History in the Making

March 27, 2008
By Shavana Baker, Drexel Hill, PA

This presidential election will almost definitely go down in the history books for future generations to read. For the first time ever in the United States of America, we might actually elect our first black or woman president. While the United States may be behind when it comes to electing women and people of different races, it is amazing that we are finally catching up with the rest of the world. People are starting to get excited in politics again because of this exciting development.
The candidates are Hilary Clinton and Barak Obama; they both belong to the Democratic party. Personally, as a Democrat, it is exhilarating to watch how each primary or caucus turns out, as both of these candidates are wildly popular among voters. But with this exciting process comes many disturbing realities. Although racism has mostly been kept out of the media, sexism has not. The media tends to crack down when anyone makes a slightly racist mark, which is great, but they tend to be very sexist when it comes to Hilary. The media referenced a time when she was a bit misty eyed, which I believe was due to how much support she had and she got a bit emotional, and made fun of her for it, although it really was not that big of a deal. I am proud that our nation no longer tolerates racism, but am mystified at why sexism is socially acceptable. Another stunning realization that is stemming from this election is how outdated our system of voting is. Having been in different political-based classes, I am surprised at how I failed to notice this before. I believe that caucuses should be abolished because they completely exclude most of the working class because they take place during specific hours of the day. Whether or not this has actually affected the race (some people say that Hillary loses all the caucuses because her turnout voters are mostly working class) is for anyone to say, but it is wrong that any part of the electoral process excludes voters. Another bad aspect of our voting system is the Electoral College. An electoral college is a set of electors who are authorized to elect a candidate to a particular office. Often these electors represent a different organization with each organization represented by a particular number of electors or with votes weighted in a particular way. Many times, though, the electors are simply important persons whose wisdom, it is hoped, would provide a better choice than a larger body. The system can ignore the wishes of a general membership, whose thinking need not be considered. When applied on a national scale, such as the election of our country's leader, the popular vote can on occasion, as shown in the 2000 race between Bush and Gore, run counter to the electoral college's vote, and for this reason, I feel that the system is a distortion of true democracy. While the Electoral College was useful when it was first created because there were many uneducated people, it is completely obsolete now when a huge majority of our country is educated because it is mandated by the federal government.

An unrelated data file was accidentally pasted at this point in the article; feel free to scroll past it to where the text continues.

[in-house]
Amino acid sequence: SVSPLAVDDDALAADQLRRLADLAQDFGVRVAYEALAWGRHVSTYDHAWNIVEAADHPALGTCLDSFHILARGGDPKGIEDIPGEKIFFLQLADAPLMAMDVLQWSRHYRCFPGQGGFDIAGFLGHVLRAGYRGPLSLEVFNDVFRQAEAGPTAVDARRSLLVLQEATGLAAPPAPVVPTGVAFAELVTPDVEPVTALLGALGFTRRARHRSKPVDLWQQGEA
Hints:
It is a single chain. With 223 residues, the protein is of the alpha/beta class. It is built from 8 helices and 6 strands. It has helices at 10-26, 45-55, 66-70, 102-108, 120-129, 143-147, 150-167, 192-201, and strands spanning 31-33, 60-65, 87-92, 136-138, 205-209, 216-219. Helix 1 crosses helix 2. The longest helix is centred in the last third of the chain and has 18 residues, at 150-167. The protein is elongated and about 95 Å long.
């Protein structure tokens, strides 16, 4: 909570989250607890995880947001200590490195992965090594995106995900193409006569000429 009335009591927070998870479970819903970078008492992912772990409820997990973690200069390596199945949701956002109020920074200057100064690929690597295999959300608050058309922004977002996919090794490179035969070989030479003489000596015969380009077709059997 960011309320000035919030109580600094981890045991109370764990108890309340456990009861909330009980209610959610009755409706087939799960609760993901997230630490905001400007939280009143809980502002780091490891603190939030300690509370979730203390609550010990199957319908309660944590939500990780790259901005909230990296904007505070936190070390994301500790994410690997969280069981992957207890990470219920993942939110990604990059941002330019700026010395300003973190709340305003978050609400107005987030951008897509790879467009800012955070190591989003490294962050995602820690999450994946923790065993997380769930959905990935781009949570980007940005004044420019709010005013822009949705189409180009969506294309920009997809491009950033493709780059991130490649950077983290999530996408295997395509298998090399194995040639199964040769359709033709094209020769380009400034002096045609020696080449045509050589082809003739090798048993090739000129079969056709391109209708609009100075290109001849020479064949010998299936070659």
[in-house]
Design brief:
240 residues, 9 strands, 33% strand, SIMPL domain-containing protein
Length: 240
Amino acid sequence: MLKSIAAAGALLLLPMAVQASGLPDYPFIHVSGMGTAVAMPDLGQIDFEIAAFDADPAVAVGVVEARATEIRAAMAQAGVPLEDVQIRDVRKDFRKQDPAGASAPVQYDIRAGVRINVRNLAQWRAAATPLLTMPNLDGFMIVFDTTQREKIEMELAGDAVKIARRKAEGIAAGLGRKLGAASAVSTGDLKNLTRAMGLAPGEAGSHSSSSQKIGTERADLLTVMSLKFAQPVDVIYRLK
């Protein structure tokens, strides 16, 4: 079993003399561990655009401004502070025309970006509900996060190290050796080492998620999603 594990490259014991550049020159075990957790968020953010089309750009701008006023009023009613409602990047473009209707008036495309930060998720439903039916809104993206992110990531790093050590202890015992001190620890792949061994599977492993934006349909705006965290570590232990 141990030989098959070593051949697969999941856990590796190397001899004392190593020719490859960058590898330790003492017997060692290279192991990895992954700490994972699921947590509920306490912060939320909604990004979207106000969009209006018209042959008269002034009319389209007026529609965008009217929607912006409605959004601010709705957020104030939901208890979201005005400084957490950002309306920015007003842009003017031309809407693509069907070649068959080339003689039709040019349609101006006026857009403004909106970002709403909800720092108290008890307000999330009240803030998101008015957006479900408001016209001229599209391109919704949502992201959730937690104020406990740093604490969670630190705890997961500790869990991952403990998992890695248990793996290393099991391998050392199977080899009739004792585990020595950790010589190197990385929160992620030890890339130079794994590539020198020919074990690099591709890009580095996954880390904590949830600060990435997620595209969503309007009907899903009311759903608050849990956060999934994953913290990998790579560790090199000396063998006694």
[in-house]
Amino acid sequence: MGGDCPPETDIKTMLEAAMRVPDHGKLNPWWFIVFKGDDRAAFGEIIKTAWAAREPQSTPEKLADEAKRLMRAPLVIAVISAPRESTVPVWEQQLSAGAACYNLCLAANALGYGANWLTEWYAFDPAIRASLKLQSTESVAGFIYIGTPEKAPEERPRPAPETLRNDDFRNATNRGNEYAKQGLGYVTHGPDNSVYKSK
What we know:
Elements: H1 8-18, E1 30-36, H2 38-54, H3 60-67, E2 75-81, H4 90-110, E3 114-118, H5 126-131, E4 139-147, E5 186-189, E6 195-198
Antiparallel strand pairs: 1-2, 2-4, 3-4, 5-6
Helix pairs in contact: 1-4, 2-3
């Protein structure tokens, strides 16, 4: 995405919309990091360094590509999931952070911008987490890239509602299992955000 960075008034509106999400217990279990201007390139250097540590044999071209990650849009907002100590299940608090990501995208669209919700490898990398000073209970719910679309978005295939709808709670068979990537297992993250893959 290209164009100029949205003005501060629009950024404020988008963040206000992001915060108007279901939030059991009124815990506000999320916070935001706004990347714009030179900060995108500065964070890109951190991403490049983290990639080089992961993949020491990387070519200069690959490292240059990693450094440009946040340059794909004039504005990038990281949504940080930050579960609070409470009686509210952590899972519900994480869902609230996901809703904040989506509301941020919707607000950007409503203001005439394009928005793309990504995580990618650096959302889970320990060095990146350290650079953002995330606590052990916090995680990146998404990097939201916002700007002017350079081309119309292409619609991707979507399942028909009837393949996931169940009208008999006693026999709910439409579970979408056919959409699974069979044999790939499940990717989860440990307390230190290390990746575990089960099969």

But despite the problems in our system, this race promises to change the history of our country and open up a lot of doors for our nation. The best part is that both Hilary and Obama are very strong candidates, they both have very good chances of winning the 2008 Presidential Election, and they both would make very good presidents. So, with history in the making, I’m sure our entire nation is looking to a future that holds a lot of possibilities.

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This article has 1 comment.

makayla said...
on Jan. 19 2009 at 7:14 pm
htis article was a nice thing to read..


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